The third and final component concerns relevant characteristics of the targets of the directive themselves that may influence receptivity. Perhaps unsurprisingly, given the salience, severity, and politicization of the pandemic, this research identified a wide range of relevant characteristics. First, the original study assessed participants’ personal sensitivity to disgust as well as their perceived vulnerability to disease in general10. Since the pandemic has been widely politicized19, participants also reported their political orientation and which popular news sources they use. Conspiracy theories have also grown in popularity as is common during times of social distress and uncertainty22,23. As such, participants reported endorsement of a variety of types of conspiracy theories, with the purpose being to assess whether greater endorsement of conspiracy theories might lead to less support for public health messaging.
Fazio et al.10 focused specifically on the relationship between these various predictor variables and social distancing, using both self-reported and “virtual” (i.e., interactive graphical) social-distancing measures. As predicted, all of the previously discussed variables did in fact significantly relate to these measures of social distancing. For example, disgust sensitivity and objective knowledge of COVID-19 were positively associated with greater social distancing. Meanwhile, confidence in President Trump and greater endorsement of conspiracy theories negatively related to distancing behavior. Moreover, a later longitudinal study revealed that participants’ scores on the virtual measure of social distancing behavior were predictive of the likelihood of their subsequently contracting COVID-199.
However, there are several reasons to question whether and to what degree each of these individual difference factors would translate into a higher likelihood of actually contracting the virus. For example, Fazio et al.9 focused exclusively on social distancing behavior and did not examine any other preventative behaviors that have been shown to reduce disease transmission, such as hand washing and mask-wearing. Further, several of these associations, although statistically robust, were quite small, and it may be that they are not sufficient to have real-world impacts on disease transmission. Thus, the critical question—whether and to what degree these various source, context, and target factors predict actual COVID-19 contraction—remains unanswered. We address this question in the present research.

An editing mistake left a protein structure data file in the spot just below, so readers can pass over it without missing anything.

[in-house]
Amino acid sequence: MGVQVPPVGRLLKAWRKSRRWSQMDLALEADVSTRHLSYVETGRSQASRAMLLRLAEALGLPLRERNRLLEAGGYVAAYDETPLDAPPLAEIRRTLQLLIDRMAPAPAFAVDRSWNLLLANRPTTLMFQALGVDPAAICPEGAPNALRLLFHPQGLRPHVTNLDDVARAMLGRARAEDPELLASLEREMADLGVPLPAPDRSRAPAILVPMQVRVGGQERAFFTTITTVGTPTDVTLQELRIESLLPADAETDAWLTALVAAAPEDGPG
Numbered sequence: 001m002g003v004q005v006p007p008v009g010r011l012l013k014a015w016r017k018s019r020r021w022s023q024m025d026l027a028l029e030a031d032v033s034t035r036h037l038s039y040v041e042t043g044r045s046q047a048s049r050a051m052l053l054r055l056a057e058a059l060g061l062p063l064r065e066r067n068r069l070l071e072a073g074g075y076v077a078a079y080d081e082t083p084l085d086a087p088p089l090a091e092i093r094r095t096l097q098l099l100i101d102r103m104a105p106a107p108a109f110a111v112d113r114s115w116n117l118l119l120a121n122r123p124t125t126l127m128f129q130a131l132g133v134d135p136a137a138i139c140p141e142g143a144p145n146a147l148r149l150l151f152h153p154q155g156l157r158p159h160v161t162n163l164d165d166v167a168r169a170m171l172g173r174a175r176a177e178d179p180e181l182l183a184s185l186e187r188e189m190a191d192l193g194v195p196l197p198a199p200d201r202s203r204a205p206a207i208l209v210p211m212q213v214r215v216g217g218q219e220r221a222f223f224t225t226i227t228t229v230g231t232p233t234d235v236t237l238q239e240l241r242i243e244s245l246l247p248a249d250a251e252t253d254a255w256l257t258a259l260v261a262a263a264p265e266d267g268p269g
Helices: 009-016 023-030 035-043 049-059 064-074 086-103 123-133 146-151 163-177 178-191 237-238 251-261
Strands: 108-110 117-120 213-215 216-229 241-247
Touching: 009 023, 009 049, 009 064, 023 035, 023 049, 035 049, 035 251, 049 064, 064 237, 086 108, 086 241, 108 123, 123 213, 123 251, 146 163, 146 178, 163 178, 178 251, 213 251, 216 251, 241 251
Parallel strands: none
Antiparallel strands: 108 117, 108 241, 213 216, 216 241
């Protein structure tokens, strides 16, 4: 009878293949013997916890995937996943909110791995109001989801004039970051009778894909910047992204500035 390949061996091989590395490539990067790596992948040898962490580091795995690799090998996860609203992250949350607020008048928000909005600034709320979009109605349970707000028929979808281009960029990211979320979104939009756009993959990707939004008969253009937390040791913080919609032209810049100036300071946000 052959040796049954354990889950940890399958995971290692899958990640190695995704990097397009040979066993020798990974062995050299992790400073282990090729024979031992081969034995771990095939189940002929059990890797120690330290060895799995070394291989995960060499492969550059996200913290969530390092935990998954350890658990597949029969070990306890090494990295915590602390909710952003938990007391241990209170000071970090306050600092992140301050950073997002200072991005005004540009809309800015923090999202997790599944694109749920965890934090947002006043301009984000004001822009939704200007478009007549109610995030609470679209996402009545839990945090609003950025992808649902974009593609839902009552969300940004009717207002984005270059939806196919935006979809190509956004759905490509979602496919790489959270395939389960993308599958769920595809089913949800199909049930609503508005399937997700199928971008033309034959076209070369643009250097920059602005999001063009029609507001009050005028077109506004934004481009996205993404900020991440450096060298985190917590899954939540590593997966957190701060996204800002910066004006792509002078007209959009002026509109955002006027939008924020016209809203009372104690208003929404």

In the current study, we followed up with participants from the original research four months later to assess whether they contracted COVID-19. This allowed us to assess which beliefs, personality characteristics, and demographic factors prospectively predicted contracting the virus during the intervening period of time, as well as the relative magnitude of each of these effects. In doing so, we are also able to test critical theoretical questions regarding each of these diverse factors—many of which are theorized to predict illness. For example, past work predicts that individuals who are more sensitive to disgust will be less likely to contract a given illness, as disgust (at least in theory) motivates avoidance of potential pathogens in the environment24. In addition, theoretical models of conspiratorial ideation suggest that people who are prone to conspiracy beliefs are likely to be relatively dismissive of anxiety-provoking events such as the current pandemic, as they adopt conspiracy theories as means by which to gain a sense of control over these kinds of situations25. As a result, individuals prone to conspiratorial ideation should be more likely to contract the virus. The current study offers an opportunity to test such predictions in a real-world context.